However, it is clear throughout the bible that God does not intend to
save everyone - that is, the bible doesn’t teach universalism. Paul
has already said in verse 16 of the previous chapter that he was
“shown mercy ... as an example for those who would believe on him and
receive eternal life.” And the context of this passage makes it
clear, as most commentators point out, that the phrase “all men” in
verse 4 relates to all categories of people, not every individual on
planet earth. In verse 1 and 2 Paul has encouraged Timothy and the
believers at Ephesus to offer all kinds of prayers for ‘everyone.’ He
is not asking them to pray for every individual, with the term
‘everyone’ being explained in verse 2 as including even their pagan
rulers - ‘kings’ and ‘those in authority.’ The idea is that every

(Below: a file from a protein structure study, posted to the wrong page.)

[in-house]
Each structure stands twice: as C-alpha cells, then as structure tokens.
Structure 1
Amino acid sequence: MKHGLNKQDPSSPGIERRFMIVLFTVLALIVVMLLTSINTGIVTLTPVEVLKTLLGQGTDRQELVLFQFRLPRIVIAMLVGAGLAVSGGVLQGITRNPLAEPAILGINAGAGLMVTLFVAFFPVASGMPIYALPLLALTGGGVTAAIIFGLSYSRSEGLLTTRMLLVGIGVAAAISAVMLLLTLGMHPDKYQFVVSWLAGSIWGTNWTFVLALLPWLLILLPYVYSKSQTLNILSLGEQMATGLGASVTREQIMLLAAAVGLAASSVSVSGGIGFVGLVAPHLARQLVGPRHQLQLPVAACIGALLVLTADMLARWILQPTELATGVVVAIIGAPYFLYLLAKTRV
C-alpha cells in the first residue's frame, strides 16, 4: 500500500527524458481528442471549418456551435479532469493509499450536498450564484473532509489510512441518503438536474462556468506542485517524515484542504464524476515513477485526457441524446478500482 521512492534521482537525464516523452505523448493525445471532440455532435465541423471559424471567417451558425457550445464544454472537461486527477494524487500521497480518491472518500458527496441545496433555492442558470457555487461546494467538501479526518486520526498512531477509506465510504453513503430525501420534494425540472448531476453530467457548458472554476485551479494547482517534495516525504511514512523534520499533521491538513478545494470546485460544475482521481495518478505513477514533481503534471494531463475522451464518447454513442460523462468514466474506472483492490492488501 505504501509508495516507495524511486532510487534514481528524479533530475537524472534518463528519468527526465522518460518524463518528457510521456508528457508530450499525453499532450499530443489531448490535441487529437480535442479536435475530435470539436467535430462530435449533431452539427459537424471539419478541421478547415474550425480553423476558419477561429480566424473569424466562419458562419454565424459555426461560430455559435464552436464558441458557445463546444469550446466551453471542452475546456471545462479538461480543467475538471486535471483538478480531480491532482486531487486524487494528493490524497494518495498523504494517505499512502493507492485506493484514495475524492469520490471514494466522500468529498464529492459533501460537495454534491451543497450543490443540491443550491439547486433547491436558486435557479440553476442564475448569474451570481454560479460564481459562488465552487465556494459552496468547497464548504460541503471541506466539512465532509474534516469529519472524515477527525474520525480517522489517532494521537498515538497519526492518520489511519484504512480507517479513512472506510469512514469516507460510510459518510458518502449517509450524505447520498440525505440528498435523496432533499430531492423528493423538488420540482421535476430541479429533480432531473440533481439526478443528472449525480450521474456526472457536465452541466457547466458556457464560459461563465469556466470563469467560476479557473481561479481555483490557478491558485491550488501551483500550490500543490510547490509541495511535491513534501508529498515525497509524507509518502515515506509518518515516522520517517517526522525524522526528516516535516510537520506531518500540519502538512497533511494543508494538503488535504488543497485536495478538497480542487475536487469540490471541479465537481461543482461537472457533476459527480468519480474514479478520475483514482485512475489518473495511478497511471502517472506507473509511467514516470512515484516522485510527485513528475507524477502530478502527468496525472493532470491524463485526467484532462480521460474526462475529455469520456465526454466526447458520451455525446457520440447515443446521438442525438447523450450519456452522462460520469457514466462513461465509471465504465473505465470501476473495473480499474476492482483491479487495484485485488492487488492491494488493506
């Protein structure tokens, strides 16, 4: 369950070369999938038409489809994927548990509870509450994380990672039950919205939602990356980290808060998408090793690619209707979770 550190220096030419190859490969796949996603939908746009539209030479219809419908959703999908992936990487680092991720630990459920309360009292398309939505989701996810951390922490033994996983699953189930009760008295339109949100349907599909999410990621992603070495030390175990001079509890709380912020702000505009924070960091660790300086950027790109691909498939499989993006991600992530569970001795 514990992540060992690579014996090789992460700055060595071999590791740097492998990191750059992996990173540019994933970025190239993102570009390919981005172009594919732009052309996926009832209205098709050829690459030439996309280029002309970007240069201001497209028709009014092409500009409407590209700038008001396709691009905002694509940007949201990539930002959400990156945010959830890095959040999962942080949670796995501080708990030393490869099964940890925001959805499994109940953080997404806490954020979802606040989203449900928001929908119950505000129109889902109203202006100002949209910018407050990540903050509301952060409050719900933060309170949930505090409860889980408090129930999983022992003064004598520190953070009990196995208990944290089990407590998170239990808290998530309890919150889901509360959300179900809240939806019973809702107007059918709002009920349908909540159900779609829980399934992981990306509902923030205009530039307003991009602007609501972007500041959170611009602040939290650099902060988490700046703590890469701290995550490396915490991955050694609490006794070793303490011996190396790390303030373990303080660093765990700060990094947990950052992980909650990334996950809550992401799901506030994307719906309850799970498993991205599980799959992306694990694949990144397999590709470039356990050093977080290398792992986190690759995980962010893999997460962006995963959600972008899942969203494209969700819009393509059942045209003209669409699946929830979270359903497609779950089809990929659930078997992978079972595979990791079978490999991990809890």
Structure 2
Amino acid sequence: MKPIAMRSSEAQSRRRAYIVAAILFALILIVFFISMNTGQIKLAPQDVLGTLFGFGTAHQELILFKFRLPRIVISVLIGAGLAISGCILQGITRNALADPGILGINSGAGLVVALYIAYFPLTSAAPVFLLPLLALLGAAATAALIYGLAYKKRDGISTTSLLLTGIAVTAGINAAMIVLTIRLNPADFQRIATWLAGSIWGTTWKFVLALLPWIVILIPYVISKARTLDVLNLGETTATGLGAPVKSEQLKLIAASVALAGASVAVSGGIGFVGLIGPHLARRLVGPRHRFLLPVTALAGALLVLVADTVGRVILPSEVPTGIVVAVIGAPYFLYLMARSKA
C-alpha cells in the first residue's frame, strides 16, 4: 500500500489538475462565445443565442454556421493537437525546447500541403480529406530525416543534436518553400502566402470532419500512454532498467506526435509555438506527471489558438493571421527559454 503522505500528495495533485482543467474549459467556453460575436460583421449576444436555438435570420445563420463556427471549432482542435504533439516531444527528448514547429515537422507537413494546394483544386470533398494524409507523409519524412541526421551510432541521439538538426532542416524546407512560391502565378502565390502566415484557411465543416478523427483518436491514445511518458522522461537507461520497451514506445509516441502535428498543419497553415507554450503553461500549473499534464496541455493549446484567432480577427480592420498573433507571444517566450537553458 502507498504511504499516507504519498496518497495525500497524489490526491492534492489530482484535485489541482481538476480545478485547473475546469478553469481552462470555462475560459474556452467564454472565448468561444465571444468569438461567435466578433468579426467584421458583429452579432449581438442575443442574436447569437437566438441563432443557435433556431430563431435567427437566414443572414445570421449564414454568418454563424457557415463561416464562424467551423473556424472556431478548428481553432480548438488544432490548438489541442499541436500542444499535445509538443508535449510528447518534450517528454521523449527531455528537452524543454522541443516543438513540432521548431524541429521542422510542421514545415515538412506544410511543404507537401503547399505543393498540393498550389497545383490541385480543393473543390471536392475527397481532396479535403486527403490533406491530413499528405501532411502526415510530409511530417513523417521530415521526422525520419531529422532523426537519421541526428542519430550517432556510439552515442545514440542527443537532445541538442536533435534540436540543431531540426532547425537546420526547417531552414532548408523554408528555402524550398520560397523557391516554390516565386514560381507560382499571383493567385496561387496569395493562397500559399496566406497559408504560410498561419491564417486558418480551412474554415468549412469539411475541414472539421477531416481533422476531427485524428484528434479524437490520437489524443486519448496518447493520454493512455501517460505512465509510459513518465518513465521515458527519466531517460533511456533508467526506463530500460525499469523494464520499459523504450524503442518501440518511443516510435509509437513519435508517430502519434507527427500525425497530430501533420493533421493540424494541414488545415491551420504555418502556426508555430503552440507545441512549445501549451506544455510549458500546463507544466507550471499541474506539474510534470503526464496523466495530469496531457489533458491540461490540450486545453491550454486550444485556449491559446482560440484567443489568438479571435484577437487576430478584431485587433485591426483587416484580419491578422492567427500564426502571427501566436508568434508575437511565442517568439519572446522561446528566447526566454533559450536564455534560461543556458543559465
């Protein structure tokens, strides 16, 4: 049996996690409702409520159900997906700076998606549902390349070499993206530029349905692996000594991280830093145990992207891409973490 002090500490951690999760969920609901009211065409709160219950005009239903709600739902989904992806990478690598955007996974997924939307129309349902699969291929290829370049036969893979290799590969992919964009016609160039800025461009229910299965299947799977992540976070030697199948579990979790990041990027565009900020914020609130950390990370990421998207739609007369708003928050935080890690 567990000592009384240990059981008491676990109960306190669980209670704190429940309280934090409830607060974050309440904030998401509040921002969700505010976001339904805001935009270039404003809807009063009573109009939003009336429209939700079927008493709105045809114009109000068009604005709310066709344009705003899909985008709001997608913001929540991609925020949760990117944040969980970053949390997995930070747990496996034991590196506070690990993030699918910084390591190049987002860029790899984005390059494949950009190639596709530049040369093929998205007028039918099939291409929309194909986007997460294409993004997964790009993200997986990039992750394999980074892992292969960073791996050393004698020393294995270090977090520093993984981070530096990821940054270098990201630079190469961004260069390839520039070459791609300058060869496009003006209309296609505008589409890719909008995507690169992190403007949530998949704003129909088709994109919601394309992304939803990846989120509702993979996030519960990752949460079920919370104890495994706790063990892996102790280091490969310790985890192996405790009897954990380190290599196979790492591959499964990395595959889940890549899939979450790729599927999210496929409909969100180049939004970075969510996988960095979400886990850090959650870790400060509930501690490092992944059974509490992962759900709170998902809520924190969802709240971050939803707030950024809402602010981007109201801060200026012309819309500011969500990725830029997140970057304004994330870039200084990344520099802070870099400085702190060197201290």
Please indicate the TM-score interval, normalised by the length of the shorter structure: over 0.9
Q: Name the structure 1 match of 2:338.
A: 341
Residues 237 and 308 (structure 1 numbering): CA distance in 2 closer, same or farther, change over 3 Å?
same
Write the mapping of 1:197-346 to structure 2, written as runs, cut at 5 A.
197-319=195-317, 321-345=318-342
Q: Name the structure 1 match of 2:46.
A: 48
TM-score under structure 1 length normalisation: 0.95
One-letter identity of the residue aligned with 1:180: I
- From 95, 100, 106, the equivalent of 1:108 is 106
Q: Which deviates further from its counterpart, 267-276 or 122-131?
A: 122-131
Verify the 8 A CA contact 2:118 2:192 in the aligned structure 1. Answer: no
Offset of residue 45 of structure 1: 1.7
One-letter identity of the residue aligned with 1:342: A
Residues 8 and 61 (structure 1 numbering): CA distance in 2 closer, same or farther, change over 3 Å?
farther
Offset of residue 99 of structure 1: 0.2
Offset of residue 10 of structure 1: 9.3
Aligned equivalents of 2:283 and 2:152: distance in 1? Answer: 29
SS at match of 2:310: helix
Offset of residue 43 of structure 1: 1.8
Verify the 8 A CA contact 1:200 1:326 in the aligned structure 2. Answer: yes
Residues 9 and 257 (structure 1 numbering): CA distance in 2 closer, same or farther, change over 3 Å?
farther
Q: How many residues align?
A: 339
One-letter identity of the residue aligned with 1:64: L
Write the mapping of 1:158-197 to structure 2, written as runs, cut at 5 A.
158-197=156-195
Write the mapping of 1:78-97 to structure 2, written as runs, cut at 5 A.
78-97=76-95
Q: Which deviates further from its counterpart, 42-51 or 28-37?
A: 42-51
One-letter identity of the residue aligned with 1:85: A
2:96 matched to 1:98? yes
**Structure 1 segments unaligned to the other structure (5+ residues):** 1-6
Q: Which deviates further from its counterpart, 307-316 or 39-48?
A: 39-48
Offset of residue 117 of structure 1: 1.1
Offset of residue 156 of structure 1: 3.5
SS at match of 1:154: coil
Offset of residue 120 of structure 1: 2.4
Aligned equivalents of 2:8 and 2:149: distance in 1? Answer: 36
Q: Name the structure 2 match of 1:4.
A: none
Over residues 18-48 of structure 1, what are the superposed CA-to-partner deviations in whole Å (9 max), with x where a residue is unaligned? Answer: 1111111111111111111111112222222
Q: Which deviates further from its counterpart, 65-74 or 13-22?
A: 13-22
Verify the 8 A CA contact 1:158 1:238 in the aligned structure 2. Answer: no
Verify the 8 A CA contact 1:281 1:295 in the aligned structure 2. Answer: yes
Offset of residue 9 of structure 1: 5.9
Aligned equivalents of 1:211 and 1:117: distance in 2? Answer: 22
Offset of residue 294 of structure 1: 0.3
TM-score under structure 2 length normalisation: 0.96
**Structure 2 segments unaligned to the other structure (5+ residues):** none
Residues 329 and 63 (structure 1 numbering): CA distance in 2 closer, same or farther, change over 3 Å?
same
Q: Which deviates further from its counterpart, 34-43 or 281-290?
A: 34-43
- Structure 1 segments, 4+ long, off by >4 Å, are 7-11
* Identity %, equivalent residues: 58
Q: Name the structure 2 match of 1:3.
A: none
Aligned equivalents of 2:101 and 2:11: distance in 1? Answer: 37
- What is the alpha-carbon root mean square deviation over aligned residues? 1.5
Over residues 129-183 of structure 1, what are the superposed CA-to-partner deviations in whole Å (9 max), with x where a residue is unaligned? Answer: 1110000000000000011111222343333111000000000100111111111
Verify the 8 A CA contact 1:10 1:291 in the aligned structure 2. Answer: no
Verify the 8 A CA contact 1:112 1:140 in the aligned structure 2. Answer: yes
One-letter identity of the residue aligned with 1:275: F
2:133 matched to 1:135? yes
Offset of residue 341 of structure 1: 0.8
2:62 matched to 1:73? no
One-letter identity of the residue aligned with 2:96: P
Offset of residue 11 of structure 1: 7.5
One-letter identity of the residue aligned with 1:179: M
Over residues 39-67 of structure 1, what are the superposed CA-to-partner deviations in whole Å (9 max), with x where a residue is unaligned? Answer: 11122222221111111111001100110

group in society, Gentiles as well as Jews, should be prayed for, as
there is only one mediator, Christ Jesus (v5). There is nothing in
this passage that rules out God choosing or electing people. God’s
love for all ethnic groups and all levels of society is clearly
demonstrated in the pictures of heaven we have in Revelation, where
we’re told of a great multitude “from every nation, tribe, people and
language” (7:9).

A second objection that is often stated, as we mentioned at the start,
is ‘it’s just not fair.’ Even if we are sinners deserving of God’s
punishment, and even if God never promises to save everyone, it’s
another thing altogether to say that God chooses some people and not
others. This is a big question, and is often seen as a defense of our
free will, or God’s character. But God addresses this point in Romans
in 9:14-24. Notice what is stated up to v21:
“What then shall we say? Is God unjust? Not at all! 15For he says
to Moses, ‘I will have mercy on whom I have mercy, and I will have
compassion on whom I have compassion.’ 16It does not, therefore,
depend on man’s desire or effort, but on God’s mercy ... 19One of you